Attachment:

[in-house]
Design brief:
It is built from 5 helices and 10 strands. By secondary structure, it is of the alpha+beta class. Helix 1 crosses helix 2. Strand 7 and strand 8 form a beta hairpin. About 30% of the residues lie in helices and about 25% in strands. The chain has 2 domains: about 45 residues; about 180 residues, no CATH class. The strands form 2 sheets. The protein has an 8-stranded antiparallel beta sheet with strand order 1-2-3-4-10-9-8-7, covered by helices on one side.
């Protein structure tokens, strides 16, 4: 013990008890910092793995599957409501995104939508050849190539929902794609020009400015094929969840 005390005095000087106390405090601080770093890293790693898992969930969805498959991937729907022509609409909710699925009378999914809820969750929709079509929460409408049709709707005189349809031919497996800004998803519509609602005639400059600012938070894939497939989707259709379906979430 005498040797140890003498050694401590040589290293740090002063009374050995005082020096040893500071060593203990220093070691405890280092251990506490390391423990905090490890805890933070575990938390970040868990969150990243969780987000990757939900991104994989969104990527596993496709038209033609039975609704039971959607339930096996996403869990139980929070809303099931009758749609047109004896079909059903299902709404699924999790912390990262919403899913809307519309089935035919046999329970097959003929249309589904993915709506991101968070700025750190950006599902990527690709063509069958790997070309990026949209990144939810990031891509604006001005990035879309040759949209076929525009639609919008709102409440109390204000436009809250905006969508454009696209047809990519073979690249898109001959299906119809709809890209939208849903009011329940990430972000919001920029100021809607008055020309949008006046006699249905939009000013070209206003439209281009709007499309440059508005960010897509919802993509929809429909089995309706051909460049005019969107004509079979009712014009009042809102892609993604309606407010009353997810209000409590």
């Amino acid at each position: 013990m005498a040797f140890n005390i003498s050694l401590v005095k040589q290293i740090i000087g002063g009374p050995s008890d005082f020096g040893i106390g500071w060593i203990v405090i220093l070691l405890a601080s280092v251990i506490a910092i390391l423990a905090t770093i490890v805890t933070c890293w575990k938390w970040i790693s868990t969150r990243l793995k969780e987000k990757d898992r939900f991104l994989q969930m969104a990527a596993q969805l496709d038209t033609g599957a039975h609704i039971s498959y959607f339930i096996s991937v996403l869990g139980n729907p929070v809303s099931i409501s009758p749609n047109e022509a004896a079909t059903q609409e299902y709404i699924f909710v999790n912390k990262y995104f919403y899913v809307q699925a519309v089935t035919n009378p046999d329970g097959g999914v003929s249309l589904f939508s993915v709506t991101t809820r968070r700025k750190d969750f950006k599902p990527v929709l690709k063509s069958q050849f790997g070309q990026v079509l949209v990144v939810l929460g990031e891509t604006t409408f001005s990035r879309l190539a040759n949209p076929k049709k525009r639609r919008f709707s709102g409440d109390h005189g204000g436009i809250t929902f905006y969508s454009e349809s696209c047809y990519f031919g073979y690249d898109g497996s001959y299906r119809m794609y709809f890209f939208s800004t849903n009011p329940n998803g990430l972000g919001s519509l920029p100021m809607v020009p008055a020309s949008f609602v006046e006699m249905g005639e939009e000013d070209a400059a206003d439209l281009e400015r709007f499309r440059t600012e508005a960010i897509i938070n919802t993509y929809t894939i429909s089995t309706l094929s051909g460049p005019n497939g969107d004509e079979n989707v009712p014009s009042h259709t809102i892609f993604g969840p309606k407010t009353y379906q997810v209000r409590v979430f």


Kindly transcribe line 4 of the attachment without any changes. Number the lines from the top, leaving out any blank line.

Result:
């Protein structure tokens, strides 16, 4: 013990008890910092793995599957409501995104939508050849190539929902794609020009400015094929969840 005390005095000087106390405090601080770093890293790693898992969930969805498959991937729907022509609409909710699925009378999914809820969750929709079509929460409408049709709707005189349809031919497996800004998803519509609602005639400059600012938070894939497939989707259709379906979430 005498040797140890003498050694401590040589290293740090002063009374050995005082020096040893500071060593203990220093070691405890280092251990506490390391423990905090490890805890933070575990938390970040868990969150990243969780987000990757939900991104994989969104990527596993496709038209033609039975609704039971959607339930096996996403869990139980929070809303099931009758749609047109004896079909059903299902709404699924999790912390990262919403899913809307519309089935035919046999329970097959003929249309589904993915709506991101968070700025750190950006599902990527690709063509069958790997070309990026949209990144939810990031891509604006001005990035879309040759949209076929525009639609919008709102409440109390204000436009809250905006969508454009696209047809990519073979690249898109001959299906119809709809890209939208849903009011329940990430972000919001920029100021809607008055020309949008006046006699249905939009000013070209206003439209281009709007499309440059508005960010897509919802993509929809429909089995309706051909460049005019969107004509079979009712014009009042809102892609993604309606407010009353997810209000409590």